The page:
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AUSTRALIA: Passenger Movement Charge goes up by AU$ 10

AUSTRALIA: Passenger Movement Charge goes up by AU$ 10

The Passenger Movement Charge, or PMC is charged to all travellers leaving Australia. Passengers currently pay AU$60 to leave Australia. That will rise to AU$70 from July 2024, representing a 16% increase. With air travel from Australia booming, this is expected to raise AU$1.3 billion in income.

Way back in 1978, as a way of funding border policing, the Departure Tax, at AU$10 was Introduced, changing to the PMC in 1995. Most people wouldn’t even be aware of the charge. It’s added to the cost of the airline ticket when you buy it. Unless you forensically examine all the taxes and charges on your airline ticket or invoice, you probably don’t even know you are paying it.

Tourism industry in uproar

The Australian newspaper quotes Margy Osmond from the Tourism and Transport Forum (TTF) calling the charge a ‘tourism tax’ that will kneecap the post-pandemic return of inbound tourism.

Now, there is a point to be made here.

Although Australians can’t get enough of international travel, and are willing to pay the huge increase in airfares after a couple of years of being stuck at home, the same is not true for inbound tourism. People from overseas traveling to Australia have not returned as quickly as hoped. The negative effect of COVID-19 on inbound tourism is going to take time and some smart tourism campaigns to recover.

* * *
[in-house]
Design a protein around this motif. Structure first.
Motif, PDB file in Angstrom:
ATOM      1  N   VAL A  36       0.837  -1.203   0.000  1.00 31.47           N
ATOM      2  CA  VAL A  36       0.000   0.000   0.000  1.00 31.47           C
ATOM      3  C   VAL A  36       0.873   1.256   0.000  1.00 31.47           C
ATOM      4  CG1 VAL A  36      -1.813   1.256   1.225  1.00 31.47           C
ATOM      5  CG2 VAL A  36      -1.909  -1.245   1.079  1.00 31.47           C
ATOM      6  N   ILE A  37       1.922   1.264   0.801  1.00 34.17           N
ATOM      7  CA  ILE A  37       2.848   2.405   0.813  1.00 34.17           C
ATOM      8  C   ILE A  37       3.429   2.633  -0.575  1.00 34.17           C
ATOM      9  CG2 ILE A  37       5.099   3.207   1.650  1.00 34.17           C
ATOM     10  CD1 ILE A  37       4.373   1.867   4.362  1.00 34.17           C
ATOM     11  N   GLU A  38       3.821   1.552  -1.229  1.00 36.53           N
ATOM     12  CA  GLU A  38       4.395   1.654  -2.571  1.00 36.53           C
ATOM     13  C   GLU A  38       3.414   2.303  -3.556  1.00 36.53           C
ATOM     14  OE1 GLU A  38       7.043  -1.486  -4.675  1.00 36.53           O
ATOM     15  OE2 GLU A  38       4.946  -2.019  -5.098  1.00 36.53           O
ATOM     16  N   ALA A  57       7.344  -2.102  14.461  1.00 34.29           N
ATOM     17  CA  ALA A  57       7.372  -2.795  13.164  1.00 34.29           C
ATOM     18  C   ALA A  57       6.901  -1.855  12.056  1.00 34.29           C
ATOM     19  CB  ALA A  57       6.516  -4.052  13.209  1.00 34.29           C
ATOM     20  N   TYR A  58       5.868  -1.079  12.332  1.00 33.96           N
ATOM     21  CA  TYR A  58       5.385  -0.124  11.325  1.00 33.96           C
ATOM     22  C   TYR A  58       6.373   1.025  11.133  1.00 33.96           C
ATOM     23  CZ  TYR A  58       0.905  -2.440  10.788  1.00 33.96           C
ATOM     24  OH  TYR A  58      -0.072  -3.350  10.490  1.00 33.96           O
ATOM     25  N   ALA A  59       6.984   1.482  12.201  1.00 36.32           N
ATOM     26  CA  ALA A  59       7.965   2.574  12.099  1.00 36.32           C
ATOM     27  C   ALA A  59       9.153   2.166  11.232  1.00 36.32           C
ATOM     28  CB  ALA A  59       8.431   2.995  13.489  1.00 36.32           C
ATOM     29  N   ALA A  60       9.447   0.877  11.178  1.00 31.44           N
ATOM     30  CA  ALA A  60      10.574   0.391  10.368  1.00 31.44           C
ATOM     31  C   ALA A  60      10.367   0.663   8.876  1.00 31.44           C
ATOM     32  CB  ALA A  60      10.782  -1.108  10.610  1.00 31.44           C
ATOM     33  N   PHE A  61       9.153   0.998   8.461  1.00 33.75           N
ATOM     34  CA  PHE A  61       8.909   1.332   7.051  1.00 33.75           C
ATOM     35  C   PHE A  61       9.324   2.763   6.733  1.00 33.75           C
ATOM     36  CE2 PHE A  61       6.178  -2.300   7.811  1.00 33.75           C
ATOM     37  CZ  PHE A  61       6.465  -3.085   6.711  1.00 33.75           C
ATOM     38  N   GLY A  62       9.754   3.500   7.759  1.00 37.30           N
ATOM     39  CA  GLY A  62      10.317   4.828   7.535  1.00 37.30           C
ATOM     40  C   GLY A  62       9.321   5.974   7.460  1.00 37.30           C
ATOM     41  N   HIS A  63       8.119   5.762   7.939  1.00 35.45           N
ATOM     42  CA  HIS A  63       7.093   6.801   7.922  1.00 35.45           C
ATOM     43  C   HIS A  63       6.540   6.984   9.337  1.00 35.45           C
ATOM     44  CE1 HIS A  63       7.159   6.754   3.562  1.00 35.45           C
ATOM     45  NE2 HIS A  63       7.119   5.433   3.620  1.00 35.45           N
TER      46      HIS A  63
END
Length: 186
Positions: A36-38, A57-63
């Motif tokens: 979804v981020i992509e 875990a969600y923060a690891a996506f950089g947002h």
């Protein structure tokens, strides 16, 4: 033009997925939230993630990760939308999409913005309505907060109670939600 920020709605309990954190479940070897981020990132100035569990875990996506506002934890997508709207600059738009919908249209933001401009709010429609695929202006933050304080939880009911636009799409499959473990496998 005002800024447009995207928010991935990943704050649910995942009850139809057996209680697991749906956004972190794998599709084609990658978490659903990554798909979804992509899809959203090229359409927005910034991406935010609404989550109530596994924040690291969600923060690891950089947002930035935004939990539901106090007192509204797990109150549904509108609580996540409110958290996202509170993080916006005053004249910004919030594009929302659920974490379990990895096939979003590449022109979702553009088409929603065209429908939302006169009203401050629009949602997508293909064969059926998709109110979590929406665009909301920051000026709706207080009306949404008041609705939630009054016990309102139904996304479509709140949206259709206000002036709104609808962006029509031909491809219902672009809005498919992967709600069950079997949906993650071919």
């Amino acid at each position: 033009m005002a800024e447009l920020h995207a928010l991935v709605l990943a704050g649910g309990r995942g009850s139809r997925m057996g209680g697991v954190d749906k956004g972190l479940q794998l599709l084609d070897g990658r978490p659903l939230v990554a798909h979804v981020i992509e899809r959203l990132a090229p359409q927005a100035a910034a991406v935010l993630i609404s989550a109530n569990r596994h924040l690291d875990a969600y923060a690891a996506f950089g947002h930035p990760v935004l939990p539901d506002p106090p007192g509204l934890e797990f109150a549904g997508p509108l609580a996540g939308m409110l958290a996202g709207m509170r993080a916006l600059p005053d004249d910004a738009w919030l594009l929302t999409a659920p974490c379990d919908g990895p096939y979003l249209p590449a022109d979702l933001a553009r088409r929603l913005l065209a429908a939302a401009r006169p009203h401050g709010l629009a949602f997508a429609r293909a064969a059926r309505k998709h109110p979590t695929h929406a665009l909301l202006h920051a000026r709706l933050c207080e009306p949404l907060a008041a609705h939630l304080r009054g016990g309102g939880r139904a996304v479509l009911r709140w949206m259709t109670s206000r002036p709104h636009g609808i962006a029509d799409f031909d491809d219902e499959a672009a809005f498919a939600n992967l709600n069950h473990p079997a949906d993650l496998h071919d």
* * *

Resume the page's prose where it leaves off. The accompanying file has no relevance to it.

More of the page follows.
The TTF must have had some suspicion the tax was going to be increased, as a couple of days before the budget, they called for it to be frozen for five years while inbound tourism recovers.

The Australian Federation of Travel Agents (AFTA) spokesperson, Dean Long is even pulling out the anti-families defense saying it will ‘make it harder for Australian families to stay connected.’

Sydney Airport Departures gate

2PAXfly Takeout

While sympathising with the inbound tourism industry’s concerns, I doubt that anyone will be saying ‘We are not going to Australia because they just increased the cost of leaving the country by 10 dollars’. Nor is an Australian who can afford any kind of international airfare going to cancel their flight to Bali over AU$10!

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